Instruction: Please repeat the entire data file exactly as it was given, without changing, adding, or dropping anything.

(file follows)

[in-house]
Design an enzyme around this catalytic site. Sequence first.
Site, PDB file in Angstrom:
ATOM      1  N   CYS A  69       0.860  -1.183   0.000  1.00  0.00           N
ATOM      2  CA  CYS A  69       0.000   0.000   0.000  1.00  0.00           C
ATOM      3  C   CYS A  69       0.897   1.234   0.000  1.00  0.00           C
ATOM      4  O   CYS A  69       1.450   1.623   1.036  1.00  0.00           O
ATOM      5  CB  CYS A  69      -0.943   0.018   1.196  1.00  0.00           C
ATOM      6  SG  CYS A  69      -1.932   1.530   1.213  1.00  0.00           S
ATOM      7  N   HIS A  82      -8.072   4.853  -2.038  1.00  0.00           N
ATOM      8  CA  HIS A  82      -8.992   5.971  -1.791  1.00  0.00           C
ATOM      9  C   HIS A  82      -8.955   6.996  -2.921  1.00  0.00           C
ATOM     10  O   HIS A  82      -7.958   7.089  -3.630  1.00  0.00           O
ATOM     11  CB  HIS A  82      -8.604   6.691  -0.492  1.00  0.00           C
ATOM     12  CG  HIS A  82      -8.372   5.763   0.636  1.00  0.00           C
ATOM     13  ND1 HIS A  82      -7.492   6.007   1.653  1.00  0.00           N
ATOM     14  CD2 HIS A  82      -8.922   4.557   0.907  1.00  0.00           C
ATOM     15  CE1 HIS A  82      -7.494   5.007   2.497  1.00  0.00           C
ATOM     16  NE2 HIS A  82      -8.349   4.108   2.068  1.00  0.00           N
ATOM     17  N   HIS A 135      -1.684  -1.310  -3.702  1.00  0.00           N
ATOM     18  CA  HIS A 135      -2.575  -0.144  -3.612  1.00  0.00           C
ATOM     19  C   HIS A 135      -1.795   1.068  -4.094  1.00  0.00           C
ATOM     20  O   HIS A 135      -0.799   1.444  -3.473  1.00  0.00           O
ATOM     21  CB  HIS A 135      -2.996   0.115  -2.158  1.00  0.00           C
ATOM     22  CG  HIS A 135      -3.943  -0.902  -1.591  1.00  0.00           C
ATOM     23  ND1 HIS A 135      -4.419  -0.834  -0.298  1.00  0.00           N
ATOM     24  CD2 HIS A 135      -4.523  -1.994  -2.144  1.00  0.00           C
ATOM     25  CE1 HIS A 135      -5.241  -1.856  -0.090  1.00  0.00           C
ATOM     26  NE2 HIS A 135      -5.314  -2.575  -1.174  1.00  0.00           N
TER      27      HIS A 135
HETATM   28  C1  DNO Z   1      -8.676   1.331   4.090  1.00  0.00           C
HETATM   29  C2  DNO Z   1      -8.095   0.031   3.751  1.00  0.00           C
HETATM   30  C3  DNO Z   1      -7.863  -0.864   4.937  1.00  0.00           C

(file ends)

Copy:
[in-house]
Design an enzyme around this catalytic site. Sequence first.
Site, PDB file in Angstrom:
ATOM      1  N   CYS A  69       0.860  -1.183   0.000  1.00  0.00           N
ATOM      2  CA  CYS A  69       0.000   0.000   0.000  1.00  0.00           C
ATOM      3  C   CYS A  69       0.897   1.234   0.000  1.00  0.00           C
ATOM      4  O   CYS A  69       1.450   1.623   1.036  1.00  0.00           O
ATOM      5  CB  CYS A  69      -0.943   0.018   1.196  1.00  0.00           C
ATOM      6  SG  CYS A  69      -1.932   1.530   1.213  1.00  0.00           S
ATOM      7  N   HIS A  82      -8.072   4.853  -2.038  1.00  0.00           N
ATOM      8  CA  HIS A  82      -8.992   5.971  -1.791  1.00  0.00           C
ATOM      9  C   HIS A  82      -8.955   6.996  -2.921  1.00  0.00           C
ATOM     10  O   HIS A  82      -7.958   7.089  -3.630  1.00  0.00           O
ATOM     11  CB  HIS A  82      -8.604   6.691  -0.492  1.00  0.00           C
ATOM     12  CG  HIS A  82      -8.372   5.763   0.636  1.00  0.00           C
ATOM     13  ND1 HIS A  82      -7.492   6.007   1.653  1.00  0.00           N
ATOM     14  CD2 HIS A  82      -8.922   4.557   0.907  1.00  0.00           C
ATOM     15  CE1 HIS A  82      -7.494   5.007   2.497  1.00  0.00           C
ATOM     16  NE2 HIS A  82      -8.349   4.108   2.068  1.00  0.00           N
ATOM     17  N   HIS A 135      -1.684  -1.310  -3.702  1.00  0.00           N
ATOM     18  CA  HIS A 135      -2.575  -0.144  -3.612  1.00  0.00           C
ATOM     19  C   HIS A 135      -1.795   1.068  -4.094  1.00  0.00           C
ATOM     20  O   HIS A 135      -0.799   1.444  -3.473  1.00  0.00           O
ATOM     21  CB  HIS A 135      -2.996   0.115  -2.158  1.00  0.00           C
ATOM     22  CG  HIS A 135      -3.943  -0.902  -1.591  1.00  0.00           C
ATOM     23  ND1 HIS A 135      -4.419  -0.834  -0.298  1.00  0.00           N
ATOM     24  CD2 HIS A 135      -4.523  -1.994  -2.144  1.00  0.00           C
ATOM     25  CE1 HIS A 135      -5.241  -1.856  -0.090  1.00  0.00           C
ATOM     26  NE2 HIS A 135      -5.314  -2.575  -1.174  1.00  0.00           N
TER      27      HIS A 135
HETATM   28  C1  DNO Z   1      -8.676   1.331   4.090  1.00  0.00           C
HETATM   29  C2  DNO Z   1      -8.095   0.031   3.751  1.00  0.00           C
HETATM   30  C3  DNO Z   1      -7.863  -0.864   4.937  1.00  0.00           C